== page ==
Supreme Court: View from the Press Gallery Recap
By Kelly Panlaqui
On Thursday, July 7, lawyers, law students, and legal professionals around the country attended our 34th annual Supreme Court: View from the Press Gallery event. Our panel of journalists who cover the Court talked about the unusual recently concluded term. Art Spitzer, Senior Counsel at ACLU-DC, moderated the panel with these distinguished Supreme Court journalists:
- Amy Howe, Author of the Blog “Howe on the Court” and Independent Contractor and Reporter for SCOTUSBlog
- Adam Liptak, New York Times Supreme Court Reporter and Writer of the Legal Developments Column “Sidebar”
- David Savage, Los Angeles Times Legal Issues and Supreme Court Reporter
- Mark Sherman, Associated Press Supreme Court Reporter
- Kimberly Atkins Stohr, Senior Opinion Writer and Columnist at Boston Globe and the Emancipator Publication
The discussion started off with everyone agreeing that it was a momentous term. Art Spitzer then set the stage for the discussion by asking the panelists what was most notable or surprising for them about the term. David Savage, who has been covering the Court the longest, started off by elaborating on the summer of 1986 when William Rehnquist became Chief Justice. Justice Anton Scalia also joined the court that term and there were already talks about how abortion rights, affirmative action, and the separation of church and state were in danger. Justice Rehnquist was not in favor of the separation of church and state and both Justice Rehnquist and Justice Scalia voted to uphold a law in Louisiana that required equal time for creationism in schools. David observed that the conservative legal agenda has remained largely unchanged for the past 30 years and what was most notable for him was that suddenly all the big cases regarding abortion, gun regulation, and religion were being decided in favor of the conservative agenda. “It was definitely notable but not surprising,” said David.
Mark Sherman was surprised at how Chief Justice Roberts could not slow down the conservative agenda. Kimberly Atkins Stohr stated that although there have been ideological differences between the Justices, in the past, that hasn’t translated to political outcomes for cases before the Court. However, the public could not now be faulted for thinking the Court is delivering political results with the decisions they made this term. Kimberly also noted the increased use of the emergency docket throughout the term and how the Court has become a “different animal” than what it used to be. Adam Liptak discussed how historically one couldn’t tell how each Justice was going to vote. An example would be how Justice Kennedy, despite being appointed by a Republican President and mostly right-leaning, would make unexpected decisions and didn’t always vote with the conservatives on certain issues. Adam contrasted that with what appears to be happening in the Court now. He posited that “Trump cracked the code” with his nominations in that he was able to find three Justices who would consistently side with the conservative agenda. Amy Howe talked about how she had a sense of watching history in the making both with the decisions and the return of the Justices to the building.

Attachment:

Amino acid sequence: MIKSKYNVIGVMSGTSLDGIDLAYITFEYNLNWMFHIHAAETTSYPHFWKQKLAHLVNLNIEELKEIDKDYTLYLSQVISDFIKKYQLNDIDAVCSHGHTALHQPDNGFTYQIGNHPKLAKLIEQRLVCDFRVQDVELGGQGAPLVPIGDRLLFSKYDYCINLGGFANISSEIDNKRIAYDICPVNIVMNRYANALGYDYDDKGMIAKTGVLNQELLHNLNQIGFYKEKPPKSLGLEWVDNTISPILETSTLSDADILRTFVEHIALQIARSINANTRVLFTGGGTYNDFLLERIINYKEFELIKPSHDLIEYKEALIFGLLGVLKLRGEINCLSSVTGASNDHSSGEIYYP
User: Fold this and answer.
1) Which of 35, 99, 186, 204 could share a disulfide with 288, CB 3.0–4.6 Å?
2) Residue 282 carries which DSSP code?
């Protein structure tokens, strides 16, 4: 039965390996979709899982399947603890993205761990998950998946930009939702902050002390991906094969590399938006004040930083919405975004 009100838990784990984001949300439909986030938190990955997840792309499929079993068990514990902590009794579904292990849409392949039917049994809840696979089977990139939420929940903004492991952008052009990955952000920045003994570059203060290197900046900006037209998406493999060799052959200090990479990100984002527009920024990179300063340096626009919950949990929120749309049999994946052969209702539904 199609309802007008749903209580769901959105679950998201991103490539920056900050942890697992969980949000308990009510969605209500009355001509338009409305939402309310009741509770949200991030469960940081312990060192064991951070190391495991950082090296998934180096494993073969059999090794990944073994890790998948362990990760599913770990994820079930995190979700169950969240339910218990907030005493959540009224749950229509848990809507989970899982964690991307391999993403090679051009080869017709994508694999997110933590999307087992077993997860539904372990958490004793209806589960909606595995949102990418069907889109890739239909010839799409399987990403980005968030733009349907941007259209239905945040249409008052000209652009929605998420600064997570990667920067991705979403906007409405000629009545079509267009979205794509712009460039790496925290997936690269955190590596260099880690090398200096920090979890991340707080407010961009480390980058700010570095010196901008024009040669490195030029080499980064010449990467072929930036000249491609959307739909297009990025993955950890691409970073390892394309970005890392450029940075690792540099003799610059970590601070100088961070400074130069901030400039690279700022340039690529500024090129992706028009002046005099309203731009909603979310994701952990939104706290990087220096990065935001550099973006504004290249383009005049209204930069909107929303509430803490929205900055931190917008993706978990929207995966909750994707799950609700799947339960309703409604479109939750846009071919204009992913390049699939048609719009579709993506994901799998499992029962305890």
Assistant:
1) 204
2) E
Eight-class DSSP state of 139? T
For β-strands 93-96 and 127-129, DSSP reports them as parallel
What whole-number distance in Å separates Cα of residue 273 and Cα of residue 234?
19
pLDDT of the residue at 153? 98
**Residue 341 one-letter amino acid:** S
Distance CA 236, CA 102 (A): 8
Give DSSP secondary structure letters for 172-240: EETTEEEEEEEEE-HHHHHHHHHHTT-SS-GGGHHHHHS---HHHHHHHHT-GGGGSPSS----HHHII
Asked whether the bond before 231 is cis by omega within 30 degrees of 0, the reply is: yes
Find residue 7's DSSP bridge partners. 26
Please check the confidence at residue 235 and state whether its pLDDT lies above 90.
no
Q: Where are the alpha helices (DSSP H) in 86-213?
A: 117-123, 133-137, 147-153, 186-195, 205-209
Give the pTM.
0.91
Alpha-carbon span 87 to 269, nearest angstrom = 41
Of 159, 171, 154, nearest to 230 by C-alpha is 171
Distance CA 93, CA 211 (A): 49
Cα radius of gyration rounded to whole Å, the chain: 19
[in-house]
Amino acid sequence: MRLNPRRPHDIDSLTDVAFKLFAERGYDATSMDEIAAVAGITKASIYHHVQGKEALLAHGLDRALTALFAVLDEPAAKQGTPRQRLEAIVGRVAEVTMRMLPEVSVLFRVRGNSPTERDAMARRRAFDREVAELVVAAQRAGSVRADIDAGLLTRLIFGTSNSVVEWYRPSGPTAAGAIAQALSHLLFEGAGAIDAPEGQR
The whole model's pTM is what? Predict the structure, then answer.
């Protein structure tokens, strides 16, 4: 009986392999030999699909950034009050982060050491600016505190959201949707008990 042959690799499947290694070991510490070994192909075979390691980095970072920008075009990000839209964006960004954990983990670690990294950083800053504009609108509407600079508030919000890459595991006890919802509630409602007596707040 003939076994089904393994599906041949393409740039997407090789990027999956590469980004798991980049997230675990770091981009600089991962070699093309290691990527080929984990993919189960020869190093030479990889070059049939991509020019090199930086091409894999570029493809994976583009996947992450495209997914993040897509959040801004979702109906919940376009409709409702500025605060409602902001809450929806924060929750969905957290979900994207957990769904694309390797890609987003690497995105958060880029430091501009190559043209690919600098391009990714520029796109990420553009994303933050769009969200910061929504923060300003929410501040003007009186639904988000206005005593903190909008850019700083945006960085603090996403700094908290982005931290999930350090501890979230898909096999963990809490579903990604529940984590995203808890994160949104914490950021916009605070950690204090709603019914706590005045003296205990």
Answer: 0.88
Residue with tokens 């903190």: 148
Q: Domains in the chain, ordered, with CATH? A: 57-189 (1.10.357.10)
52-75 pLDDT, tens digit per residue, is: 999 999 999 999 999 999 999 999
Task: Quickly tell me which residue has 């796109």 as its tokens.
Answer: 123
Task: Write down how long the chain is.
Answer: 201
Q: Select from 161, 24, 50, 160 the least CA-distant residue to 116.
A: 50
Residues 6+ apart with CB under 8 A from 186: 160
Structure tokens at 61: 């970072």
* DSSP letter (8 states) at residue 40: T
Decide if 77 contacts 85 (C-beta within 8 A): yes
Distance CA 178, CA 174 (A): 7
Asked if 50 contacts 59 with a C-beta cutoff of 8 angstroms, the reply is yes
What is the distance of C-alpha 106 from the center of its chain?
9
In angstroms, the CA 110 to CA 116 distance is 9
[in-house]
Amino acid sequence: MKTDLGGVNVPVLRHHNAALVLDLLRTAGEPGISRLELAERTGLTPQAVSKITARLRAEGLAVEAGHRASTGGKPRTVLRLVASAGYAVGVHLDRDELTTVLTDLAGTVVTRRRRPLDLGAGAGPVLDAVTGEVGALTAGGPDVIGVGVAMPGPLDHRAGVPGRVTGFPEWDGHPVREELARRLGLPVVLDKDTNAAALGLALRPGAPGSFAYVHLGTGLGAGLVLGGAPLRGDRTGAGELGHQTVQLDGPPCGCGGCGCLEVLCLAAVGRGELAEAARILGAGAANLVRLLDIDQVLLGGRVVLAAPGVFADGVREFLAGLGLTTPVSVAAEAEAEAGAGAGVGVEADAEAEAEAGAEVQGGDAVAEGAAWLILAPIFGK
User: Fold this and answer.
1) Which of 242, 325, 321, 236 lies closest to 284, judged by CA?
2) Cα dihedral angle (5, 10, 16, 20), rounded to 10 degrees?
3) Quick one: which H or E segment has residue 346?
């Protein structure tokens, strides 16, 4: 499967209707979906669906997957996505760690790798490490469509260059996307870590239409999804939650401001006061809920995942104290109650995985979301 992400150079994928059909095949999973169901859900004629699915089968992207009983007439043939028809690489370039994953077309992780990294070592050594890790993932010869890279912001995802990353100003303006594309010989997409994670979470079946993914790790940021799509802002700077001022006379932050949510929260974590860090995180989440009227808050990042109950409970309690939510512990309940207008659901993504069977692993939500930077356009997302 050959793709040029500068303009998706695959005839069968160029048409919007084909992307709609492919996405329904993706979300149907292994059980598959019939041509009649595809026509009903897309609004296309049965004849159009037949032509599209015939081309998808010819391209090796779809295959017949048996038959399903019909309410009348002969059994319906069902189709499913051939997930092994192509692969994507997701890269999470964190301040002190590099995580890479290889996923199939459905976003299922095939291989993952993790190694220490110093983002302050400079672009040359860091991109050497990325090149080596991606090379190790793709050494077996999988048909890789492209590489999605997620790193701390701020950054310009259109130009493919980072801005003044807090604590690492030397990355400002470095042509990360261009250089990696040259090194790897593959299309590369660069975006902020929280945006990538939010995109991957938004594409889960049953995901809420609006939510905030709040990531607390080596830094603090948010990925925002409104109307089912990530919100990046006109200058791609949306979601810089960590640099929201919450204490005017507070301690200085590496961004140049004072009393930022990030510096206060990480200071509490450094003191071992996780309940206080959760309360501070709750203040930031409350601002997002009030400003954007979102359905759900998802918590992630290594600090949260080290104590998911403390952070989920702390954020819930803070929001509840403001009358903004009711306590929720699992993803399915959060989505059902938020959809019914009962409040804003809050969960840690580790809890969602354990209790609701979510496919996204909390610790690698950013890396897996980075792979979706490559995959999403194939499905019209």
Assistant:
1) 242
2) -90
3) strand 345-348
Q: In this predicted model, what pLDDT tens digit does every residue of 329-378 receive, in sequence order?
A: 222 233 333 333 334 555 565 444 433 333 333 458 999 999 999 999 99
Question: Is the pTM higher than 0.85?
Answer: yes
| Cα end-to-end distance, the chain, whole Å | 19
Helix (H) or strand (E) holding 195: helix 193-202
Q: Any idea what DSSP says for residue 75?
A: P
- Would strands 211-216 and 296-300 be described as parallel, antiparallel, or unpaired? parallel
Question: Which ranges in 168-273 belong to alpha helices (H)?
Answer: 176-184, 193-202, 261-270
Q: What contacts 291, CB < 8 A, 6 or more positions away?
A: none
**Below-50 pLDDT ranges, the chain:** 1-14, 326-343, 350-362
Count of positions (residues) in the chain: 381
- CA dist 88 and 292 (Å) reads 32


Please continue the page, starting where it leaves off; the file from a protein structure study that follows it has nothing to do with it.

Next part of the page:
Transitioning from Amy’s last statement with the mention of the pandemic, Art moved to the second topic of how the pandemic influenced this term and each panelist’s ability to cover the court. Amy started off by saying how she tried to go to as many in-person arguments as she could including cases that she wasn’t covering. She would use every opportunity to see the dynamics between the Justices. Because only the press was allowed in the courtroom, the mask mandate and social distancing policies allowed them to be spread out beyond the press section and see the proceedings from a different angle. Additionally, the Justices were not releasing opinions from the bench, which was a strict departure from previous practices. Our panelists speculated about how this change in procedure affected the Justices and how it was more difficult to gauge the dynamics between the Justices. Mark talked about the sense of drama that only happens once or a couple of times each term. This would usually happen when the majority opinion and then the dissenting opinion was delivered from the bench, which would often result in some insight into the deliberations in the case. Mark said that “due to the pandemic, this made the release of decisions bloodless.”
The discussion then moved to how covering the Supreme Court differs from covering any other institution. Mark elaborated on the fact that with the leak of the Roe v Wade draft opinion and the increased use of the emergency docket, the Court is slowly becoming like the other institutions he covered. Kimberly agreed and added that out of the different departments she covered which included the White House, Congress, and the Supreme Court, she enjoyed going to the Court because it gave her a sense of a “normal day feeling.” She said that in the Court there’s assigned seating, a designated start time, and there’s a guaranteed call to action in the courtroom. All our panelists agreed, that the practices of the Court this term were different than at any other point in its history, which may be contributing to the loss of confidence by the general public in the Court and the sense the political agendas are being moved forward through the Court.